Karnaphuli Paper Mills polluting Ctg lifeline
The water of the Karnaphuli River has turned frothy and black due to thousands of tonnes of untreated toxic effluent being discharged from the country's largest and state-owned paper manufacturer Karnaphuli Paper Mills every day. The photo was taken recently from near the mill. File Photo
The country's largest and state-owned paper manufacturer, Karnaphuli Paper Mills (KPM), is massively polluting the Karnaphuli River, the lifeline of Chittagong, by discharging thousands of tonnes of untreated toxic effluent into it every day.
In a recent visit to Chandraghona where the mill is situated, this correspondent found thick black water with foams floating in the river all around near the mill. The factory, which lies some 60km upstream of the Karnaphuli estuary, releases the waste through two huge pipes. A strong smell of chemicals could be felt even from boats and the river bank.
Locals say the water of more than five kilometres downstream of KPM has lost its properties. “You can even see the blackish, frothing water up to 10km downstream,” said Mohammed Jahangir, a boatman of Chandraghona ferry ghat.
Anowarul Islam Talukder, managing director of the paper mill, said the factory discharged around 300 tonnes of effluent per hour but claimed that all of that was not hazardous.
The pollution is already having its impacts.
“Before the mill was set up, the river water was crystal clear,” said Abdul Monaf, a 70-year-old boatman of the mill area. “Back then, fishes could be found aplenty.”
“Even when we were young, we could get dead fishes and fish fries floating in the river near the mill but now no fish can be found here,” said the fisherman-turned-boatman. Monaf said hundreds of fishermen of the locality had left their inherited job due to scarcity of fish.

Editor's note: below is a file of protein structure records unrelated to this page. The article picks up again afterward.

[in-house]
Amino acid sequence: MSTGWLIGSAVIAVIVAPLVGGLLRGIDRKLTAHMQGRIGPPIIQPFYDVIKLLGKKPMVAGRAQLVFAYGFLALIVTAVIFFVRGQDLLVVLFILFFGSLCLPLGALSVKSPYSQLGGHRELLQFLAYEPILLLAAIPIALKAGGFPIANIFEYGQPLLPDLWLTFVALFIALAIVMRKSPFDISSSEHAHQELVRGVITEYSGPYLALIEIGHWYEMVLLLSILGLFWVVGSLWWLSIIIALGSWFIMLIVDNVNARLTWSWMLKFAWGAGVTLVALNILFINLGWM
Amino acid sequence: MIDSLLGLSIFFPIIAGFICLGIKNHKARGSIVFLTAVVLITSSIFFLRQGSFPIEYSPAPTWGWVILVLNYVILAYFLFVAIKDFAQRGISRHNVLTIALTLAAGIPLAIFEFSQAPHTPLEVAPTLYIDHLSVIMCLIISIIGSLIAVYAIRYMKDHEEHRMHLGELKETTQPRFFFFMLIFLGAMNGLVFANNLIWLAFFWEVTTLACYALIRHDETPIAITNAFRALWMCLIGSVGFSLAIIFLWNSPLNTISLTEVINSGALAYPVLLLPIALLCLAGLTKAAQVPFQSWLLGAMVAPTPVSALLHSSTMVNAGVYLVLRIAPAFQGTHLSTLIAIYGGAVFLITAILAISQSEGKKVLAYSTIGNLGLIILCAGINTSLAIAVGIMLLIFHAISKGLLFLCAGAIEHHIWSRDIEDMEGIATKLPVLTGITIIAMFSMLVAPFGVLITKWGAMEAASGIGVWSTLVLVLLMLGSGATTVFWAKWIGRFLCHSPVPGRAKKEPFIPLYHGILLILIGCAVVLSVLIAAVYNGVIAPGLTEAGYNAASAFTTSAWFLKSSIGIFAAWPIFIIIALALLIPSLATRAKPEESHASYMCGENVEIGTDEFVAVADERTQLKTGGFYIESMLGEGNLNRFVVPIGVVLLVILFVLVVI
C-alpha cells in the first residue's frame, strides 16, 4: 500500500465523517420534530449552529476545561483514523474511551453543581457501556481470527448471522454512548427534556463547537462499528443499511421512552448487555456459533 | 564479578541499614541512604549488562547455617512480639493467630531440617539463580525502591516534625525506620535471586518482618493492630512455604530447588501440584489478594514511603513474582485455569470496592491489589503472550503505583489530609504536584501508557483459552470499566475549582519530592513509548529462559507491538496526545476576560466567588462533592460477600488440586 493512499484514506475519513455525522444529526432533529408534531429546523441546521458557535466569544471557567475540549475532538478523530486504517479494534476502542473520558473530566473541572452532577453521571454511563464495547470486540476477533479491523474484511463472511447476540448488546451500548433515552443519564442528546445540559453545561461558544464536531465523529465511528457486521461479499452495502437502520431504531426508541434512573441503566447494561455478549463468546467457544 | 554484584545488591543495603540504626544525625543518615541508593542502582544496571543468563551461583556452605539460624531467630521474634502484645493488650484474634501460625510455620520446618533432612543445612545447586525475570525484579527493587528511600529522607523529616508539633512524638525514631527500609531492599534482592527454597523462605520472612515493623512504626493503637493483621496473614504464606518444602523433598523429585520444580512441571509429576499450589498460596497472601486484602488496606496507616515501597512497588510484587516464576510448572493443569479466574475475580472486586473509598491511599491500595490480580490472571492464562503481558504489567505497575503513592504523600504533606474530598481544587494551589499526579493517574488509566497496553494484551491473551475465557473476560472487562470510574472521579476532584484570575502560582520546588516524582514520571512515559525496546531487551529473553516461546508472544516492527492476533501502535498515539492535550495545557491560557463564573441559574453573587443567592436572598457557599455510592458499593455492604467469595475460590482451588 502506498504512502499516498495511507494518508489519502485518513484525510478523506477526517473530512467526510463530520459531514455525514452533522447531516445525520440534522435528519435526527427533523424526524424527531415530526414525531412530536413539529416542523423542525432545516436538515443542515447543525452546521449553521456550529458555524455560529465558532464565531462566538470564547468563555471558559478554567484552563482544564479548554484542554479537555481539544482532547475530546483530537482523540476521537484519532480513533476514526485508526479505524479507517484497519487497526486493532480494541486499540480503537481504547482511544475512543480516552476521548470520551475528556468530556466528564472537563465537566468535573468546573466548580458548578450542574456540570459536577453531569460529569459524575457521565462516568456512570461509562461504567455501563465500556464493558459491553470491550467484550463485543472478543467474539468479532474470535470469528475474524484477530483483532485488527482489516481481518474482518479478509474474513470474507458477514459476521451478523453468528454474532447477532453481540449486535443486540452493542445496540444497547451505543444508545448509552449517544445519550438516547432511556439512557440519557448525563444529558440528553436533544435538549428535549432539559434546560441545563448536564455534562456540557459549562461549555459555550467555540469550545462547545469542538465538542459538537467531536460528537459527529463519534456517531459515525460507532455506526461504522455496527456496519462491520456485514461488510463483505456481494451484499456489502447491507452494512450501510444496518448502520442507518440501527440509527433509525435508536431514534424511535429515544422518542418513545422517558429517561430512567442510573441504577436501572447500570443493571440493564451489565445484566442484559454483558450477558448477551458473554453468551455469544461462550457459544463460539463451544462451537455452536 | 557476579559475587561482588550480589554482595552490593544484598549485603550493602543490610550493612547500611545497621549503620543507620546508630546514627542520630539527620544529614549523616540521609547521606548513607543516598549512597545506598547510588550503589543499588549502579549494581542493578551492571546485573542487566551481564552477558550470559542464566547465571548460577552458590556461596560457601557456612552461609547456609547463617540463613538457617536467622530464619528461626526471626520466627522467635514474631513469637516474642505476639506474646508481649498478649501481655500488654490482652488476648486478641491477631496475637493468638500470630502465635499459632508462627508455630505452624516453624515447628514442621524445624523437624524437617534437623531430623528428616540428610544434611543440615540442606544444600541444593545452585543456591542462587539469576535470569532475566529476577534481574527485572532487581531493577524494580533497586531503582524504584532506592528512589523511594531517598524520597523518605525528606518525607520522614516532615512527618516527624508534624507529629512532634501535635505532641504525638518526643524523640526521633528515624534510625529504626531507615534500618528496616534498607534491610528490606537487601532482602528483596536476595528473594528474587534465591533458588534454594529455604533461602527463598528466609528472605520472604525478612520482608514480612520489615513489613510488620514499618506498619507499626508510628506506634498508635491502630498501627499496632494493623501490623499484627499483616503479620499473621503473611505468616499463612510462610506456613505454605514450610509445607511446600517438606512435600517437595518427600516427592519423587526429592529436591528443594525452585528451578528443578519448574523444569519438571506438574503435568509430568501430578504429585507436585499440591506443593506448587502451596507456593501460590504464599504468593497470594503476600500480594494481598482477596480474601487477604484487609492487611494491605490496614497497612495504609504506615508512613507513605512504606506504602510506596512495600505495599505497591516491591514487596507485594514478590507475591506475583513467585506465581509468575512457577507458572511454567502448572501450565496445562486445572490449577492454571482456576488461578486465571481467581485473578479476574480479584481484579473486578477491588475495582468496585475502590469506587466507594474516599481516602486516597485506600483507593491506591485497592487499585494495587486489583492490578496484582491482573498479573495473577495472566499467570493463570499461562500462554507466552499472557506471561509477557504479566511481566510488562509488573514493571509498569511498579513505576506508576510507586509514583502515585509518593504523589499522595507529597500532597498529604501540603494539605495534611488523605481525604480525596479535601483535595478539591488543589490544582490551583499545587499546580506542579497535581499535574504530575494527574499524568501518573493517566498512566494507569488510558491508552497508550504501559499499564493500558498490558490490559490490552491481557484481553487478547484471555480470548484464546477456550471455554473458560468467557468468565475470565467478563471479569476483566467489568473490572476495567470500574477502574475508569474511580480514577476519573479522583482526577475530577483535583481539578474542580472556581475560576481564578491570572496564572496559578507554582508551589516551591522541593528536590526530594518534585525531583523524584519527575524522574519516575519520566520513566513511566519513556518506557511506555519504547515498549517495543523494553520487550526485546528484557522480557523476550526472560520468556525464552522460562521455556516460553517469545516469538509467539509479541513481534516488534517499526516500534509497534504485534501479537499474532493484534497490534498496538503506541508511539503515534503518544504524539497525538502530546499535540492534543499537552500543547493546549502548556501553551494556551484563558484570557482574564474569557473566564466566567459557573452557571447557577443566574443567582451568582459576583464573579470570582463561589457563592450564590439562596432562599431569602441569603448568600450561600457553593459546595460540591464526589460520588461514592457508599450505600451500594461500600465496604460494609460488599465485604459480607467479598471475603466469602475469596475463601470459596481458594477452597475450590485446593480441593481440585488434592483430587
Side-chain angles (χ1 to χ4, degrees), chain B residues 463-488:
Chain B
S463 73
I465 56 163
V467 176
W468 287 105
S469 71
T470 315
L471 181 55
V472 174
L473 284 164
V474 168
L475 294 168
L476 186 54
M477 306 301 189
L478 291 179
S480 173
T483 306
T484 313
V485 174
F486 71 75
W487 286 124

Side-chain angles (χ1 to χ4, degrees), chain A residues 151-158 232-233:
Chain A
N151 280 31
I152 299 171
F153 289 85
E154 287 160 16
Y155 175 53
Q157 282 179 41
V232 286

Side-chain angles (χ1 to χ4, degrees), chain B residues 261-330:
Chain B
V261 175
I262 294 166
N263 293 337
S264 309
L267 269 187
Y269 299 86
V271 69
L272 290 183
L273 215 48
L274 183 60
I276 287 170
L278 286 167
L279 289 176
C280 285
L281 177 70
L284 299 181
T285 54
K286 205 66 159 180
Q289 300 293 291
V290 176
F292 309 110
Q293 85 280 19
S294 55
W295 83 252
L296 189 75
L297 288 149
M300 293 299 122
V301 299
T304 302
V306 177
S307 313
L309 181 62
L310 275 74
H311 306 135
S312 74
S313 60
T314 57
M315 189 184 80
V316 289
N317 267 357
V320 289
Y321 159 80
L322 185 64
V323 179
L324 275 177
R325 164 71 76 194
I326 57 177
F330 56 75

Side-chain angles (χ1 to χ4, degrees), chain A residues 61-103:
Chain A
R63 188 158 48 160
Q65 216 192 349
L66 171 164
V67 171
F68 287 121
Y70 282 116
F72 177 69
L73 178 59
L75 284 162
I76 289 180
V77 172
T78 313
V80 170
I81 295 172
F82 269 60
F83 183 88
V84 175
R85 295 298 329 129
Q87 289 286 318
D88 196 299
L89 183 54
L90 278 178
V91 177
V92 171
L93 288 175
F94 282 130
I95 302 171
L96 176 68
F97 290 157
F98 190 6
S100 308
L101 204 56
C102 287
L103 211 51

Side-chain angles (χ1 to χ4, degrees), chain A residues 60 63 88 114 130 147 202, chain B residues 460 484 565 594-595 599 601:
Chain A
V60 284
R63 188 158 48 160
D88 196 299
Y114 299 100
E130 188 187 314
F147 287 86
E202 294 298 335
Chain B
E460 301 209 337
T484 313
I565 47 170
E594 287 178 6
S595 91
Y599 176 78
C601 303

However, no government or non-government organisations have tested the level of toxicity of the river water.
Muhammad Edris Ali, vice president of Bangladesh Paribesh Andolon (Bapa), Chittagong, said the untreated waste could alter the water temperature and reduce the oxygen concentration, killing planktons, the food of the fish, and destroying the fish habitats.
KPM MD Anowarul said they had sent a proposal to authorities concerned around two years ago, asking for an effluent treatment plant (ETP). He said he did not know how long it would take to put the ETP in place.
Chittagong Water Supply and Sewerage Authority (CWASA) has set up Karnaphuli Water Supply Project to use the Karnaphuli water to meet one-fourth of the demand of the city by treating around 125 million litres of water per day. The plant may start in a year.
CWASA Managing Director AKM Fazlullah said before they started, the KPM pollution must be stopped. Otherwise, CWASA will have to treat the polluted water itself, which will cost more than Tk 1 crore a month, he added. He said, “Sill the risk is always there, as toxic chemical compounds could not be removed from the water fully.”
Department of Environment (Chittagong) Director Zafar Alam said punishment for pollution by toxic effluent can be both fine and jail sentence. The DoE can even seal the factory, he said.
The DoE fined three private paper mills Tk 14.50 lakh for discharging untreated effluent into the Karnaphuli in March 2012. “The government factory is of no exception. None would get exemption from the law,” Zafar said.
His comments, however, contradict in the case of KPM, as the DoE remains silent though the extent of pollution the mill causes is much higher than that of any other private mill.
Zafar Alam said, “We have sent them notice and warned them many times to no avail. We will soon take enforcement drives against KPM."
Karnaphuli Paper Mills has been releasing hazardous effluent for 60 years since its inception in 1953. But authorities seem to turn a blind eye to it. Experts warn if the toxic pollution by KPM goes unaddressed, the consequences will be very costly.